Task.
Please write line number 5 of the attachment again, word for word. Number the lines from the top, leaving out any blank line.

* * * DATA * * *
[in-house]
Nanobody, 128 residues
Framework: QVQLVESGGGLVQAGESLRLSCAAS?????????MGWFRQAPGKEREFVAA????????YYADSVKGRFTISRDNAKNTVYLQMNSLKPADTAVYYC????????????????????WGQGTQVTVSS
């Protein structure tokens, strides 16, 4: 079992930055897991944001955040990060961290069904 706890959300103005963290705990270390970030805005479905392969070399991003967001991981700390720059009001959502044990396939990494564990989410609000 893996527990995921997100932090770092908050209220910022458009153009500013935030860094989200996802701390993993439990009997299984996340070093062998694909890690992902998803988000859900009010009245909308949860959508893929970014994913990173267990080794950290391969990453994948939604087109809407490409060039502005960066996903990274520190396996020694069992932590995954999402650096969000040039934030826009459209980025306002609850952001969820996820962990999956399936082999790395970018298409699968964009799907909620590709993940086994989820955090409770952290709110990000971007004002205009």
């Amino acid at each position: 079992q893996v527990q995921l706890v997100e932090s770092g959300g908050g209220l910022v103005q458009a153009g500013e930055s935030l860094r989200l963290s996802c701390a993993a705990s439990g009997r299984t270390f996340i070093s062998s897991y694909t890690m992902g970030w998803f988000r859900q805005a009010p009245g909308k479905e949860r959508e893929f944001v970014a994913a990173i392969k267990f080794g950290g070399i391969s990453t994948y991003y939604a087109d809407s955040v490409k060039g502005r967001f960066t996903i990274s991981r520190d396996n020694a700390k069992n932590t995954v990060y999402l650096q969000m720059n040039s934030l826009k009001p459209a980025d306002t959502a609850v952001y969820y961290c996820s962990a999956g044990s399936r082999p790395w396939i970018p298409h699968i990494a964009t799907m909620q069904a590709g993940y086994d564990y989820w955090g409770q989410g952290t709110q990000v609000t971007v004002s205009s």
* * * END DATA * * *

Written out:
């Amino acid at each position: 079992q893996v527990q995921l706890v997100e932090s770092g959300g908050g209220l910022v103005q458009a153009g500013e930055s935030l860094r989200l963290s996802c701390a993993a705990s439990g009997r299984t270390f996340i070093s062998s897991y694909t890690m992902g970030w998803f988000r859900q805005a009010p009245g909308k479905e949860r959508e893929f944001v970014a994913a990173i392969k267990f080794g950290g070399i391969s990453t994948y991003y939604a087109d809407s955040v490409k060039g502005r967001f960066t996903i990274s991981r520190d396996n020694a700390k069992n932590t995954v990060y999402l650096q969000m720059n040039s934030l826009k009001p459209a980025d306002t959502a609850v952001y969820y961290c996820s962990a999956g044990s399936r082999p790395w396939i970018p298409h699968i990494a964009t799907m909620q069904a590709g993940y086994d564990y989820w955090g409770q989410g952290t709110q990000v609000t971007v004002s205009s």